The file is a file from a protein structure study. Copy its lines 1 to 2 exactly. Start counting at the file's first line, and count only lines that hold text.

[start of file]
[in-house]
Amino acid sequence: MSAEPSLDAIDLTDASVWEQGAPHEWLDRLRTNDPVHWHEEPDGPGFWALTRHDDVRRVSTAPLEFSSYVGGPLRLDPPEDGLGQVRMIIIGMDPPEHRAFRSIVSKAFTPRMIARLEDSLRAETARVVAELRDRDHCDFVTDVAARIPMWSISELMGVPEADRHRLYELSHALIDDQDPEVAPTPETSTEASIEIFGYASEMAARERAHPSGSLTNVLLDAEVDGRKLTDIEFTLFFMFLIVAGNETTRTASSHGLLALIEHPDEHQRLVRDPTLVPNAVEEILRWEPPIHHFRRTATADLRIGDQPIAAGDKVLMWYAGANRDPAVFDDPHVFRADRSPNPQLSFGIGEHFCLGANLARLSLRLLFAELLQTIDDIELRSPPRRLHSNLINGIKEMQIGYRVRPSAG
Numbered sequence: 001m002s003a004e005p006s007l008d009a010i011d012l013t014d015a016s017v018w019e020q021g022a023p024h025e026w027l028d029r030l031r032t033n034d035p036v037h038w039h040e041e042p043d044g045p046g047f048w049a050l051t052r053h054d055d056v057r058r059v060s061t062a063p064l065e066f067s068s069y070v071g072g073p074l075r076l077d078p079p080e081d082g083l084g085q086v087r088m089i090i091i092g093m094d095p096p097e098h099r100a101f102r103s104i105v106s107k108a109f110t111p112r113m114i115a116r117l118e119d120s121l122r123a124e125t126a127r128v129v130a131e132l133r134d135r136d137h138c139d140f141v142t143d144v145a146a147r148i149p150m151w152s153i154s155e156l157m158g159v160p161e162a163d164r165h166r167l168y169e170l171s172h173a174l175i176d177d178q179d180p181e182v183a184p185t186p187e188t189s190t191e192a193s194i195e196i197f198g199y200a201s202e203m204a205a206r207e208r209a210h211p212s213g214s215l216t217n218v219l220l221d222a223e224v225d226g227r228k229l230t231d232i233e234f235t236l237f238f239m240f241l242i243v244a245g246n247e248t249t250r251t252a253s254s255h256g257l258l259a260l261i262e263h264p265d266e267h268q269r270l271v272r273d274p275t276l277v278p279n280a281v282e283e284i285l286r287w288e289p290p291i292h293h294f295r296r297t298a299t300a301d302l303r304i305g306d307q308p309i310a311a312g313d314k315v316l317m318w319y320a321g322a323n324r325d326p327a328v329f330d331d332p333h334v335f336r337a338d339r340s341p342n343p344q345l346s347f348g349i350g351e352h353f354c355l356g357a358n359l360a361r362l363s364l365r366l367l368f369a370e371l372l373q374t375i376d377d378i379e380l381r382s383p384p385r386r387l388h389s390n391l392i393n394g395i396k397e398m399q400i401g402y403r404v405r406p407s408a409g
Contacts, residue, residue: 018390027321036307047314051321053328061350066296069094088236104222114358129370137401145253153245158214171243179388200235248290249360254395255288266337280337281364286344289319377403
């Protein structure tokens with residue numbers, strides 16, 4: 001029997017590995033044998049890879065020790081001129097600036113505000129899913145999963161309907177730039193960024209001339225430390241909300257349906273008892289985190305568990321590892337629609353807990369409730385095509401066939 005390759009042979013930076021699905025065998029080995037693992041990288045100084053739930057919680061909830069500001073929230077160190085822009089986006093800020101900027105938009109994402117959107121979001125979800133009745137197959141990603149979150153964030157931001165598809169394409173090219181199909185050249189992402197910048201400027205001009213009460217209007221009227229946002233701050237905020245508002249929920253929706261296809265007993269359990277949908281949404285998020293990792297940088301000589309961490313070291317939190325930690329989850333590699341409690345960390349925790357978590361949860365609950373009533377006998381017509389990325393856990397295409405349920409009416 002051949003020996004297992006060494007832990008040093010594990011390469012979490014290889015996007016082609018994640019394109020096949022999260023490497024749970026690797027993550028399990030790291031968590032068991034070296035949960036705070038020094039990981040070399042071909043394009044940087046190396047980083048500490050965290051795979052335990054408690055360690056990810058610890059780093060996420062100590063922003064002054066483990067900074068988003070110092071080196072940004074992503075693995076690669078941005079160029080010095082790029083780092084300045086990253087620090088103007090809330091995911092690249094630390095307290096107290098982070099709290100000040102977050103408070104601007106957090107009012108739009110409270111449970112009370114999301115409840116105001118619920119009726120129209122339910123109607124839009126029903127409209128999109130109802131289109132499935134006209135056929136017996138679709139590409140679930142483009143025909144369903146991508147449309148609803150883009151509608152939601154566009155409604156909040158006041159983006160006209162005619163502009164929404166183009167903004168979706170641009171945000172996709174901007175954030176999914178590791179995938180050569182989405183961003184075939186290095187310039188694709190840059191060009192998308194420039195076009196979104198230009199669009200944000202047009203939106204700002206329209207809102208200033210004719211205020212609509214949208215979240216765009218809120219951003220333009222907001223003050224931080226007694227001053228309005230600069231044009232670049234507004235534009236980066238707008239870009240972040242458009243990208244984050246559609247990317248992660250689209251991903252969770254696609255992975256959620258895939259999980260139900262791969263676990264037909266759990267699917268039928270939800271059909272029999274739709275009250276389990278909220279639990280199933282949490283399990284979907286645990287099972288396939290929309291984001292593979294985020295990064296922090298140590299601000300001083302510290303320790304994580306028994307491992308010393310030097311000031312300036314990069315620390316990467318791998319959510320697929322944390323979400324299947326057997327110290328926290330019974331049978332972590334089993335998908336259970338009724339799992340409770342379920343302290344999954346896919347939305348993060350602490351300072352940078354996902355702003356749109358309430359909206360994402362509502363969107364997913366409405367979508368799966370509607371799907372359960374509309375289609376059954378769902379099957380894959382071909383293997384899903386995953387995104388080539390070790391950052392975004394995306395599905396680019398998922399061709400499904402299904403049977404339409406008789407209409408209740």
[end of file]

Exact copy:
[in-house]
Amino acid sequence: MSAEPSLDAIDLTDASVWEQGAPHEWLDRLRTNDPVHWHEEPDGPGFWALTRHDDVRRVSTAPLEFSSYVGGPLRLDPPEDGLGQVRMIIIGMDPPEHRAFRSIVSKAFTPRMIARLEDSLRAETARVVAELRDRDHCDFVTDVAARIPMWSISELMGVPEADRHRLYELSHALIDDQDPEVAPTPETSTEASIEIFGYASEMAARERAHPSGSLTNVLLDAEVDGRKLTDIEFTLFFMFLIVAGNETTRTASSHGLLALIEHPDEHQRLVRDPTLVPNAVEEILRWEPPIHHFRRTATADLRIGDQPIAAGDKVLMWYAGANRDPAVFDDPHVFRADRSPNPQLSFGIGEHFCLGANLARLSLRLLFAELLQTIDDIELRSPPRRLHSNLINGIKEMQIGYRVRPSAG